Banged-up Yankees waste big lead, now find themselves in tight race
The New York Yankees led the American League East by 10 games on July 18
The Orioles pulled into a first-place tie with the Yanks after their 10-6 victory
Spotty pitching and a lack of clutch hitting have just made the situation worse
BALTIMORE (AP) -- Joe Girardi chewed out an umpire at Tampa Bay, was brusque with reporters after a loss to Baltimore and snapped at a heckling fan in Chicago.
Usually even keeled, the manager of the New York Yankees has been a little out of sorts lately.
His banged-up team has been wobbly, too.
Leading the AL East by 10 games on July 18, New York blew the entire bulge. Girardi held a team meeting Wednesday night and the Yankees beat Tampa Bay, taking a one-game edge over the Orioles going into a four-game series starting Thursday night at Camden Yards.
Baltimore climbed back into a tie with a 10-6 victory in the opener.
"Teams struggle at times," Yankees captain Derek Jeter said. "It's contagious, both in good ways and bad. We have to find ways to win, that's the bottom line. Nothing's changed."
The Yankees had been all alone in first place for 84 consecutive days -- their longest streak since 2004 -- before the Orioles tied them for the first time this week. Tampa Bay also closed in, and remains two games behind.
New York built its big lead with home runs and solid pitching, managing to pull away despite the absence of career saves leader Mariano Rivera.
Then as injuries began to pile up, the lead started to dwindle. In the space of 47 games, the entire 10-game margin disappeared.
Alex Rodriguez, Mark Teixeira, CC Sabathia and Andy Pettitte were among the sidelined stars watching the other contenders catch up.
"There is a level of concern because you want to win this thing," Pettitte said. "It would be great to have a 10-game lead right now, and you could rest guys up and cruise into the postseason. We've got a great team, great leadership, and just go out and play the games."
Spotty pitching and a lack of clutch hitting have compounded the problems.
"We're just not playing up to our abilities," New York general manager Brian Cashman said. "I'm bothered by the recent struggles, but I also know that's not what we are. We're up to the challenge."
After losing twice to the Rays, the Yankees avoided a sweep with a win at Tropicana Field.
"You've got three teams that are really grouped together," Girardi said. "You can go back, when we talked in spring training, we thought our division was going to be extremely tough and there was going to be teams grouped together in the month of September and it was going to go down until the end."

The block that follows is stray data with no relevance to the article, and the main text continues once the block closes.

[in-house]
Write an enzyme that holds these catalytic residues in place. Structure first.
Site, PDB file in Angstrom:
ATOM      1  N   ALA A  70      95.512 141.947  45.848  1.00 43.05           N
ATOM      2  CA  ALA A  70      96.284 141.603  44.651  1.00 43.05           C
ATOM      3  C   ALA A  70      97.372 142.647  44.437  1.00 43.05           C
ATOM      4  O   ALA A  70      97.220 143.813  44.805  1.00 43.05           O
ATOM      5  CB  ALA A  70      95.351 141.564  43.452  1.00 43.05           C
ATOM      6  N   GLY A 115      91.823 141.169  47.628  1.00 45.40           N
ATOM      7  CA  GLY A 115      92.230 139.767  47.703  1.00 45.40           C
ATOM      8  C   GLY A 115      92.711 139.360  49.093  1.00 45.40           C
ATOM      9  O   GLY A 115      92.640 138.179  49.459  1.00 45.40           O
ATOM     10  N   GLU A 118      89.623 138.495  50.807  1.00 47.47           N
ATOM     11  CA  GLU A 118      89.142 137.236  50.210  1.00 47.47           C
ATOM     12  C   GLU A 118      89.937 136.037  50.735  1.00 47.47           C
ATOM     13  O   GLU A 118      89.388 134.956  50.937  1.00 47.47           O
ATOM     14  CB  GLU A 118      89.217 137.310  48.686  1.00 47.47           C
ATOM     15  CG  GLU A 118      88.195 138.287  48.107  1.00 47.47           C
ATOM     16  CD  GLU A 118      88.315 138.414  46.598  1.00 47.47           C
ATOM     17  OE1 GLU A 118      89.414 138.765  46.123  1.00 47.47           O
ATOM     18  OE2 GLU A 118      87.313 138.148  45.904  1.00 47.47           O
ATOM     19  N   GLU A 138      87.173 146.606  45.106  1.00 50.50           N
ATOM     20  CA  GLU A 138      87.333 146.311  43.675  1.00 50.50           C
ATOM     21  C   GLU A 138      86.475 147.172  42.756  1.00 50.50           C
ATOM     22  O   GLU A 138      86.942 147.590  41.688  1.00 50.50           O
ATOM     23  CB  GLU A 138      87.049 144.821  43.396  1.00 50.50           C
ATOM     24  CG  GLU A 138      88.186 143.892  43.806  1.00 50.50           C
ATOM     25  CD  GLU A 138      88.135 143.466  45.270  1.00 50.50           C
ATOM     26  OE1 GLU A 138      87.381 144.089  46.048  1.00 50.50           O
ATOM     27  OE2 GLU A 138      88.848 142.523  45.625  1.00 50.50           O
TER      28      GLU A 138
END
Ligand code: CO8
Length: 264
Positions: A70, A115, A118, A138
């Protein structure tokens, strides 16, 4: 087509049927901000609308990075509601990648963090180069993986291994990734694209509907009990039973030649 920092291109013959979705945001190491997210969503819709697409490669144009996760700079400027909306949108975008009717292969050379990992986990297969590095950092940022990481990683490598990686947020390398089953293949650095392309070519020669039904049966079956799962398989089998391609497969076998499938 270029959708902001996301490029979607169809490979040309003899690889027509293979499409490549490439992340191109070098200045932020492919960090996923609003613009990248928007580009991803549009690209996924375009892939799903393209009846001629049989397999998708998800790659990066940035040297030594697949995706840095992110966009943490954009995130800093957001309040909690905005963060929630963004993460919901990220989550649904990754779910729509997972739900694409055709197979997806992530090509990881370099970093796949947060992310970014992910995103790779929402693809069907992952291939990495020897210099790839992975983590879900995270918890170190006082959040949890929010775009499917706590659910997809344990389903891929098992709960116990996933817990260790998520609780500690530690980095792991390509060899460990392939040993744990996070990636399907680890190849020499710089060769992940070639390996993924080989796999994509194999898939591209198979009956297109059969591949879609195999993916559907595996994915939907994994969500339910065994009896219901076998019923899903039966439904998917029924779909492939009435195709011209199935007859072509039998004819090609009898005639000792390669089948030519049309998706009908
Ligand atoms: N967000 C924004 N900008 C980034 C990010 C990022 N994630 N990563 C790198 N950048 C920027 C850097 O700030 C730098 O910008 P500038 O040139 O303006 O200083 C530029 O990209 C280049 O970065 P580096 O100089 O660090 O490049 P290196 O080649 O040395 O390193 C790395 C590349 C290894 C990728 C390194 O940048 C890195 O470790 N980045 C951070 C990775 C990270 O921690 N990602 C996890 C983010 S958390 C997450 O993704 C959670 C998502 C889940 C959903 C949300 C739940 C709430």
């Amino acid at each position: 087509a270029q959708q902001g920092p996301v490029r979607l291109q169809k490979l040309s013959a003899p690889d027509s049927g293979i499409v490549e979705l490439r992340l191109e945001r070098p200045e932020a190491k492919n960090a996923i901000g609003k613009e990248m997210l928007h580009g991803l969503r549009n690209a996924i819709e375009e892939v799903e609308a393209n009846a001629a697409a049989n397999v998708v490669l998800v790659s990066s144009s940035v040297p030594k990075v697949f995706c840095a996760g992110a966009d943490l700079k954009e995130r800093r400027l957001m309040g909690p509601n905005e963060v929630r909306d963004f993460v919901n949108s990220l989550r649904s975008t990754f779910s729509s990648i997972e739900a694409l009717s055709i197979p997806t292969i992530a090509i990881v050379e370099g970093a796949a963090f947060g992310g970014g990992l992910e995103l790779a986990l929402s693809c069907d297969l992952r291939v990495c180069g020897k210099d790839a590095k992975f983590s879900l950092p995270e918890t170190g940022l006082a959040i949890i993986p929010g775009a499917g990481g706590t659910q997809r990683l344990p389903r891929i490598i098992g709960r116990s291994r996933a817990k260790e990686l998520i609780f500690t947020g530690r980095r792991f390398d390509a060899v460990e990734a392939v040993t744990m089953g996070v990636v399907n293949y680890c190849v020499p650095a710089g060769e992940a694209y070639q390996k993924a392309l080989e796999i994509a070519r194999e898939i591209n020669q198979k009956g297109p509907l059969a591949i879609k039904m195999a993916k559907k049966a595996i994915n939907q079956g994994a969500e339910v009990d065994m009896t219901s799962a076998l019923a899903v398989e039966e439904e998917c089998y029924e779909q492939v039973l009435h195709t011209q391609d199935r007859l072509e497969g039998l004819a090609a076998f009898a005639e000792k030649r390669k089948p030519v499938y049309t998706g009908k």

"I don't think they're out of gas," Cashman said. "You have ebbs and flows. But these guys, I believe, are going to get it done for us."
Rodriguez broke his left hand on July 24 when he was hit by a pitch from Seattle star Felix Hernandez and New York played .500 ball (18-18) without him.
New York lost speedy left fielder Brett Gardner in April and Rivera tore his ACL while shagging fly balls in May.
The Yankees have had trouble hitting with runners in scoring position for much of the season. In losing 10 of 14 before Wednesday night's win, New York hit .198 in those situations.
The 6-4 win over Tampa Bay also ended a stretch of the Yankees having six hits or fewer in five straight games, their longest run since 1990.
"Every team goes through their slumps," Girardi said. "When we went through one, I told you it probably would not be our last one. It seems like a couple months ago we were talking about how many days in a row we'd scored three or more runs. You just go through it. We're still in first place, that's the bottom line."
Plus, there are encouraging signs for the stretch run.
Teixeira, out since Aug. 27 with a strained left calf, could return this weekend. Pettitte (broken left ankle) and Ivan Nova (right shoulder) are making progress toward rejoining the rotation.
Rodriguez drove in his first run Wednesday since returning from the disabled list on Monday, and Jeter has been a constant at the top of the lineup all season, hitting .318.
As Jeter points out, the Yankees still control their own destiny. New York plays 20 of its final 26 games against division rivals, including three more at home against Tampa Bay.
"You don't have to look at the scoreboard," Jeter said.
And history is on New York's side. The 15 previous times the Yankees headed into September in first place since divisional play began in 1969, they made the playoffs.
"We intend to win the American League East," Cashman said. "Buckle up. It's going to be a ride here in the last month."
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